Swinging The Classroom Technology Pendulum

It would be interesting to compare long term power outages in New York to market data – start with catastrophic storms that cause outages. My hypothesis leads me to believe that with less access to data and communication among stakeholders, the market values would rise and potentially become more indicative of the actual value of the goods and services.

Information can be both useful and damaging. It depends on what we do with it. How much is enough? How often is enough? I don't think answers to these questions have common ground among individuals, but these are the kinds of questions we ought to be asking.

We need to correct the over swing of the technology pendulum in education and promote a philosophy that safeguards users. The future of our society's youth is at stake, and I'd like to start with mobile devices and online grade books.

Online Grade Book Etiquette 

Online grade books are abused. As a parent of public school students for nine years, I can say with pride that I have never looked at an online grade book for any of my children. I guess dealing with it as a teacher has shown me how much it doesn't say about achievement – a topic for another post.

The grade conversation with my parents worked fine for me every nine weeks, and it has worked just as well with my own kids. The difference in our house is that our kids are expected to tell us about specific challenges and their plans to overcome them. I guess my parents did that, only with less insider knowledge. I'm just glad they didn't hover. I would have hated learning, and they probably knew that about me.

Grade books serve a purpose, in theory. In practice, most teachers are battered by emails because a test grade isn't showing up quick enough. Sometimes the job is a beating and grades aren't done right away. The on-demand expectations of the Netflix-watching students and online-banking parents are a bit much.

We need to establish norms grade books and many other applications in the mobile age, including the mobile devices themselves.

How Much Is Enough?

Steve Jobs and his family had different technology use expectations than many families. Their kids only had screen time on the weekends, with limited use. My wife and I have adopted this approach with much success overcoming a wide range of behavioral issues.

On the other hand, my kids learn the alphabet at about three years old with songs, refrigerator magnets, cartoons, the Letter People (on YouTube), and typing searches on Google Images. It's all about balance, and at the younger ages, more low-tech than hi-tech works with the right activities.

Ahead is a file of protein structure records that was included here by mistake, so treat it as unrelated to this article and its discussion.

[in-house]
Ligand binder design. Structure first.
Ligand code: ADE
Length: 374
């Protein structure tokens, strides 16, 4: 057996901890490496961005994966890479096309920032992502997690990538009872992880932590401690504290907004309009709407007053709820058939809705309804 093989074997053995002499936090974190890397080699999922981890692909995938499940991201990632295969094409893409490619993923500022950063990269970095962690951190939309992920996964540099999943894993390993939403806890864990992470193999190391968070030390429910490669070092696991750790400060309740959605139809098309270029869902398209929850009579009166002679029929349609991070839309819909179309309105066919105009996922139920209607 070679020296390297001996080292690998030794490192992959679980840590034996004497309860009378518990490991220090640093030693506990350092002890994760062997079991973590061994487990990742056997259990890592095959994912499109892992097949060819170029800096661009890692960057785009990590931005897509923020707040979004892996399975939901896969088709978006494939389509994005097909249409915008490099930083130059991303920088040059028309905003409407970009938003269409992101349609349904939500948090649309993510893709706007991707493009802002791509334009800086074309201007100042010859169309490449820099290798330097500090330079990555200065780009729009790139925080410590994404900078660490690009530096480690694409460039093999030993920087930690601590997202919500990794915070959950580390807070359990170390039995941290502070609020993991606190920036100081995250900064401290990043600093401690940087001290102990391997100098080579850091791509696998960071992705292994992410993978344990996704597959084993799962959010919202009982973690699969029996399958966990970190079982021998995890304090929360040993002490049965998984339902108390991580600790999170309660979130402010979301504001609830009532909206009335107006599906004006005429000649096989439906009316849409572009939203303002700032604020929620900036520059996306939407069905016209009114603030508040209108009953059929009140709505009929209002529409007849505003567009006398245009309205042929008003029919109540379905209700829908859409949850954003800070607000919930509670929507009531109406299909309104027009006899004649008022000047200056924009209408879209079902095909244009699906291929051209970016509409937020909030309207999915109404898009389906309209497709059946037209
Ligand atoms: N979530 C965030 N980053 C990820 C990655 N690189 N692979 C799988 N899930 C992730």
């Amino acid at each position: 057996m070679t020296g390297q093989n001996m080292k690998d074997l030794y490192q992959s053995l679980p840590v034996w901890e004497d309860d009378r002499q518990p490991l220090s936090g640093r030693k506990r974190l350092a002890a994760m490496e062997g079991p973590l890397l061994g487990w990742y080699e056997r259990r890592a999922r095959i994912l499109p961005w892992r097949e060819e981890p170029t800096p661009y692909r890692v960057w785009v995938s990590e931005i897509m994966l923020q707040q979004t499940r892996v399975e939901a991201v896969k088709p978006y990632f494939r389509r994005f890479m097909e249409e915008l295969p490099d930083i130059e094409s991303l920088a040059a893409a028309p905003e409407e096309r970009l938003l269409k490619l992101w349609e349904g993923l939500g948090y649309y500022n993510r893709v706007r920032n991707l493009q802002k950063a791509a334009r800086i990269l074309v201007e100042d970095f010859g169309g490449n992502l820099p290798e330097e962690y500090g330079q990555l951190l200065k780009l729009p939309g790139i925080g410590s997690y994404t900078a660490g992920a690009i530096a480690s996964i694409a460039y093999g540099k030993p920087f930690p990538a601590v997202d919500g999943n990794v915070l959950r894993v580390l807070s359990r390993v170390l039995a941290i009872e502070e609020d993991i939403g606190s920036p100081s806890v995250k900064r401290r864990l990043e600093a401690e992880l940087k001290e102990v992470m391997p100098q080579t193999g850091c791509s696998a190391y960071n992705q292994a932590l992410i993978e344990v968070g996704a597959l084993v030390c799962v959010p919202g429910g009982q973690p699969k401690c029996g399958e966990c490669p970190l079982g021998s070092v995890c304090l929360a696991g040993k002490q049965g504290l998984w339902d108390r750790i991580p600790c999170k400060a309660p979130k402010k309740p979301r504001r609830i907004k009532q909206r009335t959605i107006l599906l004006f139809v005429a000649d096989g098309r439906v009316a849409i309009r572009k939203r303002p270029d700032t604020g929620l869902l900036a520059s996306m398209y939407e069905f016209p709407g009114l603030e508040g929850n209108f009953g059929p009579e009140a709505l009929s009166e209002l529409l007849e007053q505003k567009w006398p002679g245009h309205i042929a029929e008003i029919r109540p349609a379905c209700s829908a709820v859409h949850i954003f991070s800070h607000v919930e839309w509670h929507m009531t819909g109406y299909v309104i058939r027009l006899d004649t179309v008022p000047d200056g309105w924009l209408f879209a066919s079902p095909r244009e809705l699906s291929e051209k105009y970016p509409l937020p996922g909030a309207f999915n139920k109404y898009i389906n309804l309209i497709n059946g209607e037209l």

In the classroom, I try to design activities that focus on making a product that we can use and discuss face-to-face. In fact, long term papers are not my favorite because it's too much on the eyes and emotions of young learners. They need to be challenged with long term projects but not at the expense of their health.

We focus on shorter tasks that take about 20 minutes of screen time (often less) and experience the reward of sharing individual responses to problems as a group. The balance between listening, speaking, reading, and writing is still very important, especially with the potential of extended screen time in 21st Century classrooms.

Kids Aren't That Good With Computers

Alan November is a proponent of Web literacy. He believes this is more important than giving every kid a device. We know that he's on the right track through examples like the hole in the wall in India. A device in every learner's hands is important but not crucial to becoming Web literate. 

I particularly like Alan's idea about 1:1. He doesn't think that it's bad to give every student a device. He thinks it's wrong to view the relationship between the child and the device as important. The ratio he's more concerned about is the child to the world – one:World, not 1:1.

As the popular conclusion in education goes, it's all about the mindset.

What Works, What Doesn't?

With technology changing so fast, it's hard to know what will lead to positive results. One thing I've noticed in my own choices is a return to the fundamental tools as new tools do too much for me. For example, instead of paying for a tool that automates emails, I use sheets and scripts to do it for free. It only takes an hour to set it up using tutorials, and I got to learn some Java script.

Another drawback of the virtual world is the lack of paper weighing us down. The physical acts of managing paper establishes and intimate connection with the type and amount of work we need to complete. Kids won't be going home with heavy backpacks when their Chromebook never changes weight no matter how much information is stored.

Kids need new organizational strategies. They need to learn the basics managing digital files in the cloud. most of our education and professional life exists online. This comes with consequences if we don't teach the risks and benefits. The trouble is not enough educators know what those consequences look like.

Some educators don't view students lacking the concept of cloud file sharing and organization as an organizational issue. Those people will suffer in the connected world. Perhaps they already do.

Next Steps

As we transition further into the mobile age of the Internet, the things that work will not throw away all of the values we gained from the ways we once worked. We still need the time to contemplate that we once enjoyed on a walk to the library. We still need to rest our eyes from the stress of focusing and refocusing.

What works is what helps us sustain a level of productivity without losing our health and well being. If technology compromises those essentials, the pendulum has swung too far.